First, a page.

Bauer tooling was critical to the FDP operation, according to Shannon. “It’s all Bauer displacement tooling designed specifically for this project,” he says. “It was engineered to achieve the required loads with these soil conditions.”
ECA’s Philadelphia’s Director of Bauer Product Sales & Service Gordian Ulrich worked closely with Linde-Griffith to design the tooling. The training also covered the B-Tronic System, setting up drilling and grouting parameters, and tying in concrete pumps. “Gordian is one of a kind,” says Shannon. “One of the best things about him is that he loves to share his knowledge and experience.”
Friction was an issue. The soil conditions and grout acted like sandpaper on the tooling, especially the displacement bulb above the auger flight and the cutting teeth on the wear plates.
“Quality control is very important out here so we change the tooling out once a week,” says Shannon, noting that extras are on hand at all times. “Then we just refurbish, re-weld, hardface, and bring them out when we need them.”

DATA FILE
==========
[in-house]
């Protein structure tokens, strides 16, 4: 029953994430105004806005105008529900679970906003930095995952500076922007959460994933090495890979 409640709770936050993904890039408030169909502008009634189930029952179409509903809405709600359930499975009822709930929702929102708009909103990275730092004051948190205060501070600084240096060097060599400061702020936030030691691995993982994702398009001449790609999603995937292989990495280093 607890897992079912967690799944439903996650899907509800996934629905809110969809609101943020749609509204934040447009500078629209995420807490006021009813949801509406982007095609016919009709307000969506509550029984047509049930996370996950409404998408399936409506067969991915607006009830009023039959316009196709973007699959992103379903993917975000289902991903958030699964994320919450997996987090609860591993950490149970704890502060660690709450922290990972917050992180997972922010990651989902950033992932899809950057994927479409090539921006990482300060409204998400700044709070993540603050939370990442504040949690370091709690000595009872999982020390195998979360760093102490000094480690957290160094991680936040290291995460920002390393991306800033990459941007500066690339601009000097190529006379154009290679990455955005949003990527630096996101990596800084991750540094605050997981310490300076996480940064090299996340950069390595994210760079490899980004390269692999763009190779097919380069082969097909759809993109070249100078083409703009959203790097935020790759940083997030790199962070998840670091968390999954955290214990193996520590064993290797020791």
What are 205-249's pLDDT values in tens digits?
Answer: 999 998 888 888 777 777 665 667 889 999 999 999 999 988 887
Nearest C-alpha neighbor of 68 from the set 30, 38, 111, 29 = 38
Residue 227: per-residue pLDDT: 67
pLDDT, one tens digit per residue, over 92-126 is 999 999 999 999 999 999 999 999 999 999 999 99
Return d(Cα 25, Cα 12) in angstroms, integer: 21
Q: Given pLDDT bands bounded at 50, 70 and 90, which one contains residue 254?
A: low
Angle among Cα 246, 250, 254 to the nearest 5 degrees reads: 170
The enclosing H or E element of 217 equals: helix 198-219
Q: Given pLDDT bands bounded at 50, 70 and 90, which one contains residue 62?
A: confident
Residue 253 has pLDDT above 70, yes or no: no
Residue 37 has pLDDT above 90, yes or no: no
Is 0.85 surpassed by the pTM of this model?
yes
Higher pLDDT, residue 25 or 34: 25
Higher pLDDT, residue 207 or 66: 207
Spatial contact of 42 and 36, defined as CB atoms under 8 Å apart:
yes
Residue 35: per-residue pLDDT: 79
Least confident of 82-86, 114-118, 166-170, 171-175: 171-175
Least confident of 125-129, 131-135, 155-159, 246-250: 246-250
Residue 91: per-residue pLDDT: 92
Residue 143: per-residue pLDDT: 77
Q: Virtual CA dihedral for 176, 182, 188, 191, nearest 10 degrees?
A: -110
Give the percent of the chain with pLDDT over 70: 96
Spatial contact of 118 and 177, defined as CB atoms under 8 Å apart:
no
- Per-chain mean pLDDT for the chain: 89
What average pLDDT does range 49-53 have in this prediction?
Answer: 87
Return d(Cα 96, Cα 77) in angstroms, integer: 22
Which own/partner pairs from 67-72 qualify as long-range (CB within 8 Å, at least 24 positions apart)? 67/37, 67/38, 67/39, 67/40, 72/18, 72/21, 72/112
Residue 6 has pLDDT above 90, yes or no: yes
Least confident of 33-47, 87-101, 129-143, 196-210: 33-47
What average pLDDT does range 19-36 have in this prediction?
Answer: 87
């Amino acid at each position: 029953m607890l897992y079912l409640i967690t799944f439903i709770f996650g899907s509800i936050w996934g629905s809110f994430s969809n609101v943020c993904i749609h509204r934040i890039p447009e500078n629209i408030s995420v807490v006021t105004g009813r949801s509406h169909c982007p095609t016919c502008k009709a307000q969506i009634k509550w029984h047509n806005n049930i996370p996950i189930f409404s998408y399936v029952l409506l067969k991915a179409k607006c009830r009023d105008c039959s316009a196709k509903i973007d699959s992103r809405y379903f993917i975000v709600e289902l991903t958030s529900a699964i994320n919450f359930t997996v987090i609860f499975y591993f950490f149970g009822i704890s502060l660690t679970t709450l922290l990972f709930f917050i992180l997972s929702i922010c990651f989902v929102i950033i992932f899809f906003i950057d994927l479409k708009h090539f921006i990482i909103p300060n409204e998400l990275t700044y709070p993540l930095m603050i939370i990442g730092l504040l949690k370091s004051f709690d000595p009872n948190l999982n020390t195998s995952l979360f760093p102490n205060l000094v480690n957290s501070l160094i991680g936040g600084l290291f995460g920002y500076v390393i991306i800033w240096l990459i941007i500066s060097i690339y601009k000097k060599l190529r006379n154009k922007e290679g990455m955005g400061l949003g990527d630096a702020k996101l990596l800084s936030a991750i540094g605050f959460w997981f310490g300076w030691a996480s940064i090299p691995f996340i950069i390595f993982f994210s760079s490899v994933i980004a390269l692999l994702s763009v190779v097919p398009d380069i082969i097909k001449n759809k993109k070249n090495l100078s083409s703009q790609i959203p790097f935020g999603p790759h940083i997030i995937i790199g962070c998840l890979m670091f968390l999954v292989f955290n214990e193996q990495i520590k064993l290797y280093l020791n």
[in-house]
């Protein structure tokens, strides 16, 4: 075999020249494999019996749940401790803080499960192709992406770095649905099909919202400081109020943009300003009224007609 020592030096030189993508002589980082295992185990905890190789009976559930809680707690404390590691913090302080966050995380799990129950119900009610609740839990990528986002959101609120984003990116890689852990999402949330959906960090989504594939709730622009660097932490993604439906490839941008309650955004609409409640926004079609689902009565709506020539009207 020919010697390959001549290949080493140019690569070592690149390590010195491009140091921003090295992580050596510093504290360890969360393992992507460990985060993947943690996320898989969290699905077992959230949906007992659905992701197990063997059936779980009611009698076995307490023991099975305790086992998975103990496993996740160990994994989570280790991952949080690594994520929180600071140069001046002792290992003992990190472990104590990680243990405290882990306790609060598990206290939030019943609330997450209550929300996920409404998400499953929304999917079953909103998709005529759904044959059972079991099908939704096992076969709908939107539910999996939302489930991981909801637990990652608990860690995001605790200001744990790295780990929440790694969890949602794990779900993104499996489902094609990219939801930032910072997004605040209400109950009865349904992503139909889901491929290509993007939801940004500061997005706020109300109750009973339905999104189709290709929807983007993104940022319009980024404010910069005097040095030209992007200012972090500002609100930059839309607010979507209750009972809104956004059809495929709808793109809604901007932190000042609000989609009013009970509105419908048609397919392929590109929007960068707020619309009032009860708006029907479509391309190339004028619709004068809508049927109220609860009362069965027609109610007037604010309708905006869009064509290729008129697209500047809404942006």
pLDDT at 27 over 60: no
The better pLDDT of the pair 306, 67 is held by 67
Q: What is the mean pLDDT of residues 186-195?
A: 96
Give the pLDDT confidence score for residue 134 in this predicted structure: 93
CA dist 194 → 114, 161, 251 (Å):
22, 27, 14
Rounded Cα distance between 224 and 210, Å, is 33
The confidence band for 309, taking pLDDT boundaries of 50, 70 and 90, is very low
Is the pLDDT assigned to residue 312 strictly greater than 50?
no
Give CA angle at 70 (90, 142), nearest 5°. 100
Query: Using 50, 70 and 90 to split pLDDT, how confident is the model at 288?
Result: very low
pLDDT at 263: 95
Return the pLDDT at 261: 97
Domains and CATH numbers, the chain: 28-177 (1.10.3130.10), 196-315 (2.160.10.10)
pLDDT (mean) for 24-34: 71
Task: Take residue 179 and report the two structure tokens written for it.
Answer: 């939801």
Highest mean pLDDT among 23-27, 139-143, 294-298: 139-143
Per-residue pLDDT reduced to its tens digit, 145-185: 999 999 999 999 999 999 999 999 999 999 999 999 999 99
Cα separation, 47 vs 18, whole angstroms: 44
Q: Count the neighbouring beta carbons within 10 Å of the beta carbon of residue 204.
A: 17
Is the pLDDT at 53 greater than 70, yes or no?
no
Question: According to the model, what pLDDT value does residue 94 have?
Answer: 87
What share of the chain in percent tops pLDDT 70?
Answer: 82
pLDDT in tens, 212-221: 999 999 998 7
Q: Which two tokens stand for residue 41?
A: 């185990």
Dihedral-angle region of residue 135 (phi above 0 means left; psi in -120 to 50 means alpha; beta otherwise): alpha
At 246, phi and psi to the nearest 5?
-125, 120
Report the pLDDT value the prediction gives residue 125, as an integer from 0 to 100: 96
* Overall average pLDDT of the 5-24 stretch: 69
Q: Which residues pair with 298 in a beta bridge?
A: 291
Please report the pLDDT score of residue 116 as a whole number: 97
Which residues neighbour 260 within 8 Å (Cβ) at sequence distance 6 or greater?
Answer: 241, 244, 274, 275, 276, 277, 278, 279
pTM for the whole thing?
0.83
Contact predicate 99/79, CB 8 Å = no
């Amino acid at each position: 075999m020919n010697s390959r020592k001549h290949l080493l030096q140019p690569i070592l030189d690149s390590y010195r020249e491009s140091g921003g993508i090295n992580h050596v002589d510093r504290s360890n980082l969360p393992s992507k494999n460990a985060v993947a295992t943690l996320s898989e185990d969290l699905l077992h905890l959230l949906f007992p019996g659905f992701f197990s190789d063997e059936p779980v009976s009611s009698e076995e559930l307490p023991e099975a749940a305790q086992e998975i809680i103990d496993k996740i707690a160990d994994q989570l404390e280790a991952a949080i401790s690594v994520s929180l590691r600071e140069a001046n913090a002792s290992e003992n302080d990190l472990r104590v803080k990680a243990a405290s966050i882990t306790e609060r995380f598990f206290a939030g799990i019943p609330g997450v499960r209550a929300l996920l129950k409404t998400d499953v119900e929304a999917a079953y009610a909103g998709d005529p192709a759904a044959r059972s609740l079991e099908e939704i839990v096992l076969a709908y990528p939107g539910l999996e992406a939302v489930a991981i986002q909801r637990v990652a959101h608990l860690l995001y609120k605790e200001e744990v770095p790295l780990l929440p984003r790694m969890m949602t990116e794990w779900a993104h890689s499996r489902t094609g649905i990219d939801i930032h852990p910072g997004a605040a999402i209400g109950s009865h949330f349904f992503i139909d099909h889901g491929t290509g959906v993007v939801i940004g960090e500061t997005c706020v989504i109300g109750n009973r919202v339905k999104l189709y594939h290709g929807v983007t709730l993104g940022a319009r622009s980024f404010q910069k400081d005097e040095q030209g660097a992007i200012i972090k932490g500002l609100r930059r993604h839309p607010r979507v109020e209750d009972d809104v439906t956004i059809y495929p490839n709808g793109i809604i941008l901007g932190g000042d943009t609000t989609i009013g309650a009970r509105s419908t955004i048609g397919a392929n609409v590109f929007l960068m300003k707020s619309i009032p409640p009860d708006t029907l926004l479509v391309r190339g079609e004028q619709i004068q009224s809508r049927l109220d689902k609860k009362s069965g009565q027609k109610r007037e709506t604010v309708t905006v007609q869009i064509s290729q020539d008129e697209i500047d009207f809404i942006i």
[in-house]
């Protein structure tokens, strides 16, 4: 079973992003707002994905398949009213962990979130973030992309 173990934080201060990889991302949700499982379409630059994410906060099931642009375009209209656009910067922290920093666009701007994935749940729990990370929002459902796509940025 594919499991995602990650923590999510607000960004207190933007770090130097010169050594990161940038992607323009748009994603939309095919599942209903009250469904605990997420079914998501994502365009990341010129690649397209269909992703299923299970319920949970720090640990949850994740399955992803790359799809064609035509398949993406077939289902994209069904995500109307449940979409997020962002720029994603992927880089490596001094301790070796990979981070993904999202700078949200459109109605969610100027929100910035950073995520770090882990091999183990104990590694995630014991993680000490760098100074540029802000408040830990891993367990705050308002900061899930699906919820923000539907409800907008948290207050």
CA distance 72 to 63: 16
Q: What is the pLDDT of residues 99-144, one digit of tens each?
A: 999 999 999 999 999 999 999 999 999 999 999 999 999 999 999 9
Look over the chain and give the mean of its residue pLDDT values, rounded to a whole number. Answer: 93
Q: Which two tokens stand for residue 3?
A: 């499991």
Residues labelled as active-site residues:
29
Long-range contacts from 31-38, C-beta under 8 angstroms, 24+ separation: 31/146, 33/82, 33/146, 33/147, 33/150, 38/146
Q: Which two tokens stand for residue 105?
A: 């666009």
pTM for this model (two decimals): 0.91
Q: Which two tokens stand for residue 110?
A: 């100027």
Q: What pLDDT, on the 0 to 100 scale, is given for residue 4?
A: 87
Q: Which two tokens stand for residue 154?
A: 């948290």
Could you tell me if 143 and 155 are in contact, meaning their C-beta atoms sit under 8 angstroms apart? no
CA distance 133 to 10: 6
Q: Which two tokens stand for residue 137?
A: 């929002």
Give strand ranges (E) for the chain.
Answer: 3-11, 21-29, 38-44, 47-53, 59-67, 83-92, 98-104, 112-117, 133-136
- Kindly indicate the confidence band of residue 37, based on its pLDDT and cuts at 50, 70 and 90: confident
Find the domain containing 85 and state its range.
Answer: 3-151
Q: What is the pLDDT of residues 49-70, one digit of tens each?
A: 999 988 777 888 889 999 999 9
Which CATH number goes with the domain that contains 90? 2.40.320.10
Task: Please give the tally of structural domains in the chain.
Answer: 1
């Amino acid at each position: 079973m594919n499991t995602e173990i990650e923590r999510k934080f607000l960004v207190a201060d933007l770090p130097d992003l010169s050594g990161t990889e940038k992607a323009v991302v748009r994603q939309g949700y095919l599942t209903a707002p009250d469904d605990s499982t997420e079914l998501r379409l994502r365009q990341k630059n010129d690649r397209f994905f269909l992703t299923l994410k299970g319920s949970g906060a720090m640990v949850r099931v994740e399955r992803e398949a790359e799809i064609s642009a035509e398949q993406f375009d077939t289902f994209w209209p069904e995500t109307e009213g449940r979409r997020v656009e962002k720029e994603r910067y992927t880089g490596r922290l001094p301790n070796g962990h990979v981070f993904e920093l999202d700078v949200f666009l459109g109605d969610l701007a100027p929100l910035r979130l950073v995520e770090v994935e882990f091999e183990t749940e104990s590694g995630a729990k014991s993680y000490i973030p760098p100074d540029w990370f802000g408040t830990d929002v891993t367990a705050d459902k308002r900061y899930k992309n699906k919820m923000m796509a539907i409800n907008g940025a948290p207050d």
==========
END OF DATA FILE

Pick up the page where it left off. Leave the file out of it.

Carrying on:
“The main concern on this job was that a driven pile couldn’t achieve the load required,” says Shannon. “Our decision to bring in the larger 20-inch full displacement tooling combined with the quality control this machine offers made this project. The amount of information you get from that machine is unique and very impressive.”
The quality control Shannon speaks of is driven by the patented Bauer B-Tronic System. Both Linde-Griffith and the project’s third-party engineer have access to such data as stroke count, grout pressure, and drilling depth via a desktop computer or mobile device. There is no second guessing whether a pile is driven to the proper depth and contains the right amount of concrete. There was also a safety benefit since the engineer was able to monitor drilling from a safe distance because B-Tronic transferred the operator’s view to an iPad.